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The return on bonds

This article examines the two main measures of return on bonds: the current yield and the yield to maturity.
Exterior of Securities Exchange building
© SOAS
There are two main measures of return on bonds: the current yield and the yield to maturity.

Current Yield

The current yield, also known as interest yield or flat yield, is computed as the annual coupon payment divided by the market price of the bond.
For example, if a bond has a face value of $100, an annual coupon of 4% (that is, $4 is paid each year) and the bond is traded at a price of $90, its current yield is:
\[\frac {\$4}{\$90} = 0.0444 = 4.44\%\]
From this can you see the relation between changes in the market price of bonds and bond yields? For example, what happens to the current yield on this bond if the market price of the bond falls?

Yield to Maturity

The previous step showed how the market price of a bond is related to the discounted future cash flows associated with the bond (the coupons and the repayment of principal on maturity): we discount the future cash flows to the present, and sum the discounted values. From that relation we can identify another measure of return on bonds, the yield to maturity.
The yield to maturity, also known as redemption yield, is the rate of return y for which the current price of the bond, P, is equal to the present discounted value of the future cash flows, C(1), C(2),…, C(T):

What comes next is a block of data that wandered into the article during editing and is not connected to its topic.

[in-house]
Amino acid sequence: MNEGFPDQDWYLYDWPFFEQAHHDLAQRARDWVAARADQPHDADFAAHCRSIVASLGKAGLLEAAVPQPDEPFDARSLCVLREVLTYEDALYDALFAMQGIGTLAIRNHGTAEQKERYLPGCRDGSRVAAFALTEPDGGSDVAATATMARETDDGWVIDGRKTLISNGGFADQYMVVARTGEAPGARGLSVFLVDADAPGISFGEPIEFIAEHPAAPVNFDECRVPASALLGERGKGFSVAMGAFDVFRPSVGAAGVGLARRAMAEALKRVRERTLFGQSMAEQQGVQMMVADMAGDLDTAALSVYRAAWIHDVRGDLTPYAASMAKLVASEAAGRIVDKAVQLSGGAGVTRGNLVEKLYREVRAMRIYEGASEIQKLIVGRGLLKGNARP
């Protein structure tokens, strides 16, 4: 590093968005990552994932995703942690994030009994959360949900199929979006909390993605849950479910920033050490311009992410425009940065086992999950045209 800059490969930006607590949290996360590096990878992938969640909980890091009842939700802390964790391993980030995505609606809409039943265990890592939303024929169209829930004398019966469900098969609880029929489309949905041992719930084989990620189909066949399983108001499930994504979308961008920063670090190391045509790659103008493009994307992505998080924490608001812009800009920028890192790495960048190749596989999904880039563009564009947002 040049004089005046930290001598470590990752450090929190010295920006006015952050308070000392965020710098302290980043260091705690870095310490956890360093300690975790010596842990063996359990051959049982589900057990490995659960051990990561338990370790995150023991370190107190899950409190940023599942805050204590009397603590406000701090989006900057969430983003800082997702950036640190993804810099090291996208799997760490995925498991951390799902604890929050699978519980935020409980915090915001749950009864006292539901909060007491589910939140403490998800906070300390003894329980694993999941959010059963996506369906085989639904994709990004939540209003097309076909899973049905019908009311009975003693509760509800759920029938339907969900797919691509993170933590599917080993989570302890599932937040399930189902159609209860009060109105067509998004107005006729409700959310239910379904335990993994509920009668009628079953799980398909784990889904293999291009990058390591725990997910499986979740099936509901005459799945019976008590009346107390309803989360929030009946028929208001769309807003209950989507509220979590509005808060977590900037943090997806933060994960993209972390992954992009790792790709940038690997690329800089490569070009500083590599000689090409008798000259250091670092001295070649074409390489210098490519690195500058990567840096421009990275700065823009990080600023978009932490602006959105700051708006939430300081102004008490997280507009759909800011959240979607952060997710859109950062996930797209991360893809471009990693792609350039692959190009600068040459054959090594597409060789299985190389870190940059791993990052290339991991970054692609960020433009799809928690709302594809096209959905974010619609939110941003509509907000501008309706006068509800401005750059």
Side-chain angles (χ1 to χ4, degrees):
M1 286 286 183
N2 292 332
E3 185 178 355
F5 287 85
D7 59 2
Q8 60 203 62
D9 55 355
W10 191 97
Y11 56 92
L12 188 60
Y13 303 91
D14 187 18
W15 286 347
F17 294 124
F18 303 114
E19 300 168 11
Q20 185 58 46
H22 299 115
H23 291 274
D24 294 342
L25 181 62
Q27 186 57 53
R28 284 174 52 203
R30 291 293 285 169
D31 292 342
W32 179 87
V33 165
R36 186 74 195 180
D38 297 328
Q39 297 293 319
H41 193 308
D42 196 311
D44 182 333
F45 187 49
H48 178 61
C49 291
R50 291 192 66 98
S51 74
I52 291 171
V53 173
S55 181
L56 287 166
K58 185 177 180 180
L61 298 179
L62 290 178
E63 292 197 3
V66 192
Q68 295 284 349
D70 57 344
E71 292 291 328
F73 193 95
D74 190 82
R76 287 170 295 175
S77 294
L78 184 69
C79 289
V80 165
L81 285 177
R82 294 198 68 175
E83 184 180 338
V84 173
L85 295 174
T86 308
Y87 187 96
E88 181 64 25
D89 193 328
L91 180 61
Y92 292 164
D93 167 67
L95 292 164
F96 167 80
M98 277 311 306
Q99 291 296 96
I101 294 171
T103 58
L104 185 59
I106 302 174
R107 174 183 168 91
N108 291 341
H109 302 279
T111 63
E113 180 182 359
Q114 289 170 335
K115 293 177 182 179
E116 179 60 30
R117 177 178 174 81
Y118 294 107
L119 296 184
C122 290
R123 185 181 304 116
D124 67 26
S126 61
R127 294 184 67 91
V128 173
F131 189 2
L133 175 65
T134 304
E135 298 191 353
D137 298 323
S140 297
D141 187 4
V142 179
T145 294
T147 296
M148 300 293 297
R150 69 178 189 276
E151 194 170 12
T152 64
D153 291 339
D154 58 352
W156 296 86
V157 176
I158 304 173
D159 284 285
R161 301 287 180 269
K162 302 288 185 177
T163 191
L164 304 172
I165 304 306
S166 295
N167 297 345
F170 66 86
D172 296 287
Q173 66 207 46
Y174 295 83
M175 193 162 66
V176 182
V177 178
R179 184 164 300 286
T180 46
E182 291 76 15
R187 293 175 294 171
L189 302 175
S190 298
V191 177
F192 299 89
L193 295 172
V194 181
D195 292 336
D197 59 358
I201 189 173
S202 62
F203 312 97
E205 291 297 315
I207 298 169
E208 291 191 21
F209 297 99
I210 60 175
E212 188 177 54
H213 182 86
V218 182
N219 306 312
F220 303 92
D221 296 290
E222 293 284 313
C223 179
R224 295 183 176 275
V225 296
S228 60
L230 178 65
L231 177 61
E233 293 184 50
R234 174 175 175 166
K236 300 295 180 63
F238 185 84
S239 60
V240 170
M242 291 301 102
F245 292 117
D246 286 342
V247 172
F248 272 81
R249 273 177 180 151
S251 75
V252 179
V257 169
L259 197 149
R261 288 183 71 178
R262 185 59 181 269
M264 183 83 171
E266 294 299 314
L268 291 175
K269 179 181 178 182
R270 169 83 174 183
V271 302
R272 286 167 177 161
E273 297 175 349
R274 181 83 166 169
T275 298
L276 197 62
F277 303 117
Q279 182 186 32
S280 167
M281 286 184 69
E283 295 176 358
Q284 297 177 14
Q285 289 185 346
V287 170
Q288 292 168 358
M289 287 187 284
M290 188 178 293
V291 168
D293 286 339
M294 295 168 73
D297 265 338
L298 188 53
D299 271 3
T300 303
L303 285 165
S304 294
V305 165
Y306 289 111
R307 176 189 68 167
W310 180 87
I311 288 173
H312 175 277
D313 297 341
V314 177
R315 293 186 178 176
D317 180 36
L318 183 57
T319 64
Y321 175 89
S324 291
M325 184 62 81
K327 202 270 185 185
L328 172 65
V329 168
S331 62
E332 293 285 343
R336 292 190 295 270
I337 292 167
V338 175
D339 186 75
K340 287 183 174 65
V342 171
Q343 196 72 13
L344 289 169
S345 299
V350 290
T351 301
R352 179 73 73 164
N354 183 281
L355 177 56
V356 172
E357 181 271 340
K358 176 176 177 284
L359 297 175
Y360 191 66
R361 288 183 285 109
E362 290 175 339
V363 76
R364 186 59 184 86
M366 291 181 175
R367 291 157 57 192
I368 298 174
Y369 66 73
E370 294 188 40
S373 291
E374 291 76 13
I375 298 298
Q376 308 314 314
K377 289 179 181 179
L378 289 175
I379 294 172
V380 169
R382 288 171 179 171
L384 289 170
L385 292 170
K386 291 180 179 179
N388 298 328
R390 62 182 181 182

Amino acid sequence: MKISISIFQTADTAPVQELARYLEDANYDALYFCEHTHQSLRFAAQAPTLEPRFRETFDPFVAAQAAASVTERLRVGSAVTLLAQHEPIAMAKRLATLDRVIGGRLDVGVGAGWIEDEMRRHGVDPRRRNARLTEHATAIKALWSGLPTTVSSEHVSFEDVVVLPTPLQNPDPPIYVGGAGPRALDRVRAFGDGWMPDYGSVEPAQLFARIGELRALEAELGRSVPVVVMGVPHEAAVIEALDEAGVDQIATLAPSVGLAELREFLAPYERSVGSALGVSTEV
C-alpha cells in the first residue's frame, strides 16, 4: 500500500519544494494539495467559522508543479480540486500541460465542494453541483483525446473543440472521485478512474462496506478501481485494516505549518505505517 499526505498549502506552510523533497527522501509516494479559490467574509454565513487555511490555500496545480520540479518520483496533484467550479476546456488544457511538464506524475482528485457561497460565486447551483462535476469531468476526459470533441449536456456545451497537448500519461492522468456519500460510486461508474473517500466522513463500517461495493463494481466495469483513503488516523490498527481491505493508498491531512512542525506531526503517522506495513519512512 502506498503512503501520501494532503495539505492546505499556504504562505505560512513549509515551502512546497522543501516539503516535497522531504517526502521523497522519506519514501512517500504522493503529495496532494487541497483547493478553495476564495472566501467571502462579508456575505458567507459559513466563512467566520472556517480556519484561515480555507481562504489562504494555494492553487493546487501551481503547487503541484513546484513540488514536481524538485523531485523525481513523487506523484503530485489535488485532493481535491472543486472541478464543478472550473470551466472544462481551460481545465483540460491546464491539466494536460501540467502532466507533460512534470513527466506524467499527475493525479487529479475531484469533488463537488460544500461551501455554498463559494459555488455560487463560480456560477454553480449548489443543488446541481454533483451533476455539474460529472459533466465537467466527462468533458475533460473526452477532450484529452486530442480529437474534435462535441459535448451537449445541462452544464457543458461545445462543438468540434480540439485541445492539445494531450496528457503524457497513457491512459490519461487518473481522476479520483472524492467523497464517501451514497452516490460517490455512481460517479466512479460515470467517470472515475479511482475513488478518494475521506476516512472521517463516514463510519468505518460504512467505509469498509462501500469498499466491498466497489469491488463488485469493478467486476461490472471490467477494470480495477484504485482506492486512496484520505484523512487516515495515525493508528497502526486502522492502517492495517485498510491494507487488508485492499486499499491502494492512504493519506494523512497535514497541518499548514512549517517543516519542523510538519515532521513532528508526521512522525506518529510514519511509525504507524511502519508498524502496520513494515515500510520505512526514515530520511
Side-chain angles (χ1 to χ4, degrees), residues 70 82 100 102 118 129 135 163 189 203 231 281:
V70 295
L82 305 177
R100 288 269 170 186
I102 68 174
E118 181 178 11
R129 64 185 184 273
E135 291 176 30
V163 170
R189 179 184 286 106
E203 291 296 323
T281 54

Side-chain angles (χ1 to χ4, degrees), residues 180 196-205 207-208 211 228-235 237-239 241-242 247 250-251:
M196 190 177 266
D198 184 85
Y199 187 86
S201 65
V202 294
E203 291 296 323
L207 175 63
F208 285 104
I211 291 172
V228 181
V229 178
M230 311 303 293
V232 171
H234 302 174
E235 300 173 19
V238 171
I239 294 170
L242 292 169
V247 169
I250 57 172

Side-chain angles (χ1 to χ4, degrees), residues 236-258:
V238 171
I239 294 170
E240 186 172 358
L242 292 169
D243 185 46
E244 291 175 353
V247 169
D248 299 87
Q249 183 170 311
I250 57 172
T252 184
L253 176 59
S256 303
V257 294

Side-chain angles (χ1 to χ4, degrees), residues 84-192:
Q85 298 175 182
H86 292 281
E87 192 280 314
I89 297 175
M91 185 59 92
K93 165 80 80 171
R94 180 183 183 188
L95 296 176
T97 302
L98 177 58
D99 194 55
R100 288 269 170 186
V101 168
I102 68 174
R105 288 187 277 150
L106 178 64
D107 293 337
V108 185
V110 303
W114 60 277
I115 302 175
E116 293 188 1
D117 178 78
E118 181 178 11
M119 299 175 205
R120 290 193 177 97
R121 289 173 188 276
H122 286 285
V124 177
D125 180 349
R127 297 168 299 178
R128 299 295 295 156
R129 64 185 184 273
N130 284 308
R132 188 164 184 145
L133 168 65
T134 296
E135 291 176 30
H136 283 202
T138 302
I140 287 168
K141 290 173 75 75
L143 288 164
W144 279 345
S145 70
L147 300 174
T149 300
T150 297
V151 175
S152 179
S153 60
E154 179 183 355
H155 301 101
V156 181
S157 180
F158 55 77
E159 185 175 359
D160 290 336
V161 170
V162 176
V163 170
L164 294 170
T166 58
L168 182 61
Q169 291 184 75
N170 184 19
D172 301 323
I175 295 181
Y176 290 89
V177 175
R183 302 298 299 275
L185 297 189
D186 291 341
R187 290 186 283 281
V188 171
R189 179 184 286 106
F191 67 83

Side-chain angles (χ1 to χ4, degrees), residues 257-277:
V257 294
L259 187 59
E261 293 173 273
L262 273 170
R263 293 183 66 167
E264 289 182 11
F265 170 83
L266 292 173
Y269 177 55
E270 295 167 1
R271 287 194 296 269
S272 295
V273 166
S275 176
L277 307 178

\[P = \frac {C(1)}{(1+y)} + \frac {C(2)}{(1+y)^2} + … + \frac {C(T)}{(1+y)^T}\]
where C(1) is the cash flow in period 1, C(2) is the cash flow in period 2, and C(T) is the cash flow at maturity.
For instance, if a bond pays an annual coupon payment of $20, a principal of $1,000 in two years, and is currently traded at the price $980, its yield to maturity is obtained by solving the following equation for \(y\):
\[\$980 = \frac {\$20}{(1+y)} + \frac {\$20 + \$1,000}{(1+y)^2}\]
The solution of the above equation is \(y\) = 0.0305. The yield to maturity of the bond is therefore 3.05%. Notice how the yield to maturity (3.05%) is higher than the coupon interest rate on the bond (2%). This is because at a market price of $980 you would pay less to buy the bond (which gives you the right to receive the coupon payments, and the face value at maturity) than the face value of the bond.
We can ask the same question as before: what does this tell us about the relation between the market price of bonds and bond yields? For example, suppose you wanted a yield to maturity higher than 3.05%. Would you be prepared to pay more than $980 for this bond, or less than $980?
© SOAS
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